“[an] expectation that states and local governments that have enacted laws authorizing marijuana-related conduct will implement strong and effective regulatory and enforcement systems that will address the threat those state laws could pose to public safety, public health, and other law enforcement interests.”

This has now come to be known as the “Cole memo.”  Click here to read the Cole memo in its entirety.

Facts of the Federal Court Case.

Marin Alliance for Medical Marijuana (“Marin Alliance”) based in Fairfax, California, closed its doors in late 2011, folding under pressure from the federal government, even though it was operating legally according to California law.  It was known as the state’s oldest marijuana dispensary.  It first opened its doors in November 1996, when California legalized medical marijuana.

Marin Alliance was initially targeted by the DOJ due to its close proximity to Bolinas Park.  According to federal law, medical marijuana dispensaries cannot be within 1,000 feet of a park or school, to deter the sale of cannabis to minors.  Owner and director, Lynette Shaw, who is herself a recipient of medical marijuana, maintains she was always cognizant of and in compliance with state laws.

A Favorable Ruling for Medical Marijuana Advocates.

Although medical marijuana dispensaries and users had consistently lost in federal court despite the support of local law, the Amendment codified as section 538 of the federal funding bill last year was the persuading factor for a victory for Marin Alliance.  U.S. District Judge Charles Breyer challenged the DOJ’s interpretation of Section 538 of the 2015 Appropriations Act, asserting that the DOJ’s stance “so tortured the plain meaning of the statute.” Judge Breyer further stated “it defies language and logic for the Government to argue that it does not ‘prevent’ California from ‘implementing’ its medical marijuana laws by shutting down these same heavily-regulated medical marijuana dispensaries.”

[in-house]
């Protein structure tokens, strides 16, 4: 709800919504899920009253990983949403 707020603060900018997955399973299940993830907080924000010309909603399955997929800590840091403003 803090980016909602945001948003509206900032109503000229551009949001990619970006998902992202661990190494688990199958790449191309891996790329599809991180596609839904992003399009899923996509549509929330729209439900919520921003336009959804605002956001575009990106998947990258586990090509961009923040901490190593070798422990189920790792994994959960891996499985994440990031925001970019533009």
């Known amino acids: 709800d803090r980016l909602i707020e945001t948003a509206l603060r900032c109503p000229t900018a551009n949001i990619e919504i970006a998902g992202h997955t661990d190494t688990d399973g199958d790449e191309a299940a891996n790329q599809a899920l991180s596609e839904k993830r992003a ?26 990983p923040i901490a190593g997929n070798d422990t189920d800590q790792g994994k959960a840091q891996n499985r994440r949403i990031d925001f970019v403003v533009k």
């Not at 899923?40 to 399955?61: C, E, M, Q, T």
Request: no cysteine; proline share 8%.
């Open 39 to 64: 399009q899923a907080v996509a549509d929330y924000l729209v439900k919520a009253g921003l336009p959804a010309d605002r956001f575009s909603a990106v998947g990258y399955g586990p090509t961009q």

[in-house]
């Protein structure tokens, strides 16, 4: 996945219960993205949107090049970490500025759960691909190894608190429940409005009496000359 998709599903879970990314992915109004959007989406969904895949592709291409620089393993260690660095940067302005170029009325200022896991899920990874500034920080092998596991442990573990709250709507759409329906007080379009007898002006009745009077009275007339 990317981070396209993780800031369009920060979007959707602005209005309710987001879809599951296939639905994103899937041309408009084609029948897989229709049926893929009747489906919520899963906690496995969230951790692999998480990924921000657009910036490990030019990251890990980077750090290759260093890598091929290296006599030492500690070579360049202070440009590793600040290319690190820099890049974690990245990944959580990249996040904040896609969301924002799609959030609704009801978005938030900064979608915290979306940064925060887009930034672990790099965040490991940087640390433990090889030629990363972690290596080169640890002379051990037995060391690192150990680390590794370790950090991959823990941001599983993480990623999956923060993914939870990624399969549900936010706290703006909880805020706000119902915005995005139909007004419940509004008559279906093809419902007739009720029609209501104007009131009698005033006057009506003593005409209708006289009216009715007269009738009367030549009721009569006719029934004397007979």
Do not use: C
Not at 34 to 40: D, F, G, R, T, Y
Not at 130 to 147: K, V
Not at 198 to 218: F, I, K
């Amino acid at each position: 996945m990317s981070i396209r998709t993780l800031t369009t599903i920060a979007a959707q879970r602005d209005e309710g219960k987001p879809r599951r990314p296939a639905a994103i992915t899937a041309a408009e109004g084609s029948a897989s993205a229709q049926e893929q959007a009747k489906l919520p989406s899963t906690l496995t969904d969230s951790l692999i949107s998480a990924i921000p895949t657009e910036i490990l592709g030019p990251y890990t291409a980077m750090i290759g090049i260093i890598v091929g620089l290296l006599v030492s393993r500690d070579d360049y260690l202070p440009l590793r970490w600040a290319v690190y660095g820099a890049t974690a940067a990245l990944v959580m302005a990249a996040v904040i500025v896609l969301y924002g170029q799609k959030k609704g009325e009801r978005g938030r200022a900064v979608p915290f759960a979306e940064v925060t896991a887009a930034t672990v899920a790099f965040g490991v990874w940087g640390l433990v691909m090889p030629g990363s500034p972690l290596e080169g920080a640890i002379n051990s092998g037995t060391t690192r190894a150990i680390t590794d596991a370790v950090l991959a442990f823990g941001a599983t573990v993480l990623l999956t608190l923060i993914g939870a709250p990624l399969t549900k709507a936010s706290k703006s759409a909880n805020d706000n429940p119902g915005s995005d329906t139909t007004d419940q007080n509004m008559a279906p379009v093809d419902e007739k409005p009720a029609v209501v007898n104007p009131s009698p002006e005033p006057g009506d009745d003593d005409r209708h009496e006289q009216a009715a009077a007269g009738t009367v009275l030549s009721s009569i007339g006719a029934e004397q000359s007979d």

To read the full order of the court in this case, click here.

The Need for Congruence Between State and Federal Law.

Despite its growing acceptance as a medicinal treatment in 23 states across the nation (and four states legalizing its use for recreational purposes as well), marijuana has yet to be removed from the federal list of restricted drugs.  The looming threat of prosecution by the DEA for using or dispensing medical marijuana, even within compliance of state law, is enough to deter many from seeking its benefits for patients.

Click here to read one of our previous blog posts regarding federal prosecution for medical marijuana treatment.

Comments?

Do you agree with the U.S. District Judge’s ruling?  Why or why not?

Contact Experienced Health Law Attorneys for Medical Marijuana Concerns.

The Health Law Firm attorneys can assist health care providers and facilities, such as doctors, pharmacists and pharmacies, wanting to participate in the medical marijuana industry. We can properly draft and complete the applications for registration, permitting and/or licensing, while complying with Florida law. We can also represent doctors, pharmacies and pharmacists facing proceedings brought by state regulators or agencies.